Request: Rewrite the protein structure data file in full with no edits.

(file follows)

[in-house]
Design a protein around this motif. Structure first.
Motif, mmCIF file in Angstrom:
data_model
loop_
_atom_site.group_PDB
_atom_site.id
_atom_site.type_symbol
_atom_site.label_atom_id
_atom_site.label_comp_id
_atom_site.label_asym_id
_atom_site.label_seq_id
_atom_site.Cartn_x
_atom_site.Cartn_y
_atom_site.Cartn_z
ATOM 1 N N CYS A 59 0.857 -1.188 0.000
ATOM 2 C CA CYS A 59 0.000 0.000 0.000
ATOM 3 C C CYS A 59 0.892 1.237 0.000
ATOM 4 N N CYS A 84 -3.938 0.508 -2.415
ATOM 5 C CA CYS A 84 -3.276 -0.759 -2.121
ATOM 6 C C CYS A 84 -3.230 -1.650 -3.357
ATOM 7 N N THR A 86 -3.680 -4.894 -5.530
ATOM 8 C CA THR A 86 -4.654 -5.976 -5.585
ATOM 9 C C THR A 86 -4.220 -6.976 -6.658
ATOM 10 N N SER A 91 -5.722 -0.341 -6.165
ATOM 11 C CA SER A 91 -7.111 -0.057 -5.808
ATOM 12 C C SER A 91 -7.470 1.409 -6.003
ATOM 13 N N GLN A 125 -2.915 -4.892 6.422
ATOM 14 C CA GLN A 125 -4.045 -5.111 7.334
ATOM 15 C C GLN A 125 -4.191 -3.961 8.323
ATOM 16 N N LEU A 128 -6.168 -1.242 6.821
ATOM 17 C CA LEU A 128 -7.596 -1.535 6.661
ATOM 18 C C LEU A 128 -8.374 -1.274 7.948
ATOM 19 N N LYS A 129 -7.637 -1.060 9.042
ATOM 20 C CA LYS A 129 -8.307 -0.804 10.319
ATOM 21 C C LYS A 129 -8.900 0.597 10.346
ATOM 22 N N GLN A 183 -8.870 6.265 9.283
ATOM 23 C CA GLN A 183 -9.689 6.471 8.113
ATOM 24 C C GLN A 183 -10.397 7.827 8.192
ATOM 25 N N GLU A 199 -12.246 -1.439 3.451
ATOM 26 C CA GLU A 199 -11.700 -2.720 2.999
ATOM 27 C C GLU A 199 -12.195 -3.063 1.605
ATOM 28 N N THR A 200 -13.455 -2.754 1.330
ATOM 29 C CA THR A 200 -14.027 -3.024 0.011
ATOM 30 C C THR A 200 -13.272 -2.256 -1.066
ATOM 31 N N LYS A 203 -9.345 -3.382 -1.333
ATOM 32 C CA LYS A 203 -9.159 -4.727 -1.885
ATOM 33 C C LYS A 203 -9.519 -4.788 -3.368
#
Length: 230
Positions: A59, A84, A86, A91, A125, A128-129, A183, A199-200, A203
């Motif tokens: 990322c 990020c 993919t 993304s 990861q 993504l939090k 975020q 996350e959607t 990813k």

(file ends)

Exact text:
[in-house]
Design a protein around this motif. Structure first.
Motif, mmCIF file in Angstrom:
data_model
loop_
_atom_site.group_PDB
_atom_site.id
_atom_site.type_symbol
_atom_site.label_atom_id
_atom_site.label_comp_id
_atom_site.label_asym_id
_atom_site.label_seq_id
_atom_site.Cartn_x
_atom_site.Cartn_y
_atom_site.Cartn_z
ATOM 1 N N CYS A 59 0.857 -1.188 0.000
ATOM 2 C CA CYS A 59 0.000 0.000 0.000
ATOM 3 C C CYS A 59 0.892 1.237 0.000
ATOM 4 N N CYS A 84 -3.938 0.508 -2.415
ATOM 5 C CA CYS A 84 -3.276 -0.759 -2.121
ATOM 6 C C CYS A 84 -3.230 -1.650 -3.357
ATOM 7 N N THR A 86 -3.680 -4.894 -5.530
ATOM 8 C CA THR A 86 -4.654 -5.976 -5.585
ATOM 9 C C THR A 86 -4.220 -6.976 -6.658
ATOM 10 N N SER A 91 -5.722 -0.341 -6.165
ATOM 11 C CA SER A 91 -7.111 -0.057 -5.808
ATOM 12 C C SER A 91 -7.470 1.409 -6.003
ATOM 13 N N GLN A 125 -2.915 -4.892 6.422
ATOM 14 C CA GLN A 125 -4.045 -5.111 7.334
ATOM 15 C C GLN A 125 -4.191 -3.961 8.323
ATOM 16 N N LEU A 128 -6.168 -1.242 6.821
ATOM 17 C CA LEU A 128 -7.596 -1.535 6.661
ATOM 18 C C LEU A 128 -8.374 -1.274 7.948
ATOM 19 N N LYS A 129 -7.637 -1.060 9.042
ATOM 20 C CA LYS A 129 -8.307 -0.804 10.319
ATOM 21 C C LYS A 129 -8.900 0.597 10.346
ATOM 22 N N GLN A 183 -8.870 6.265 9.283
ATOM 23 C CA GLN A 183 -9.689 6.471 8.113
ATOM 24 C C GLN A 183 -10.397 7.827 8.192
ATOM 25 N N GLU A 199 -12.246 -1.439 3.451
ATOM 26 C CA GLU A 199 -11.700 -2.720 2.999
ATOM 27 C C GLU A 199 -12.195 -3.063 1.605
ATOM 28 N N THR A 200 -13.455 -2.754 1.330
ATOM 29 C CA THR A 200 -14.027 -3.024 0.011
ATOM 30 C C THR A 200 -13.272 -2.256 -1.066
ATOM 31 N N LYS A 203 -9.345 -3.382 -1.333
ATOM 32 C CA LYS A 203 -9.159 -4.727 -1.885
ATOM 33 C C LYS A 203 -9.519 -4.788 -3.368
#
Length: 230
Positions: A59, A84, A86, A91, A125, A128-129, A183, A199-200, A203
């Motif tokens: 990322c 990020c 993919t 993304s 990861q 993504l939090k 975020q 996350e959607t 990813k």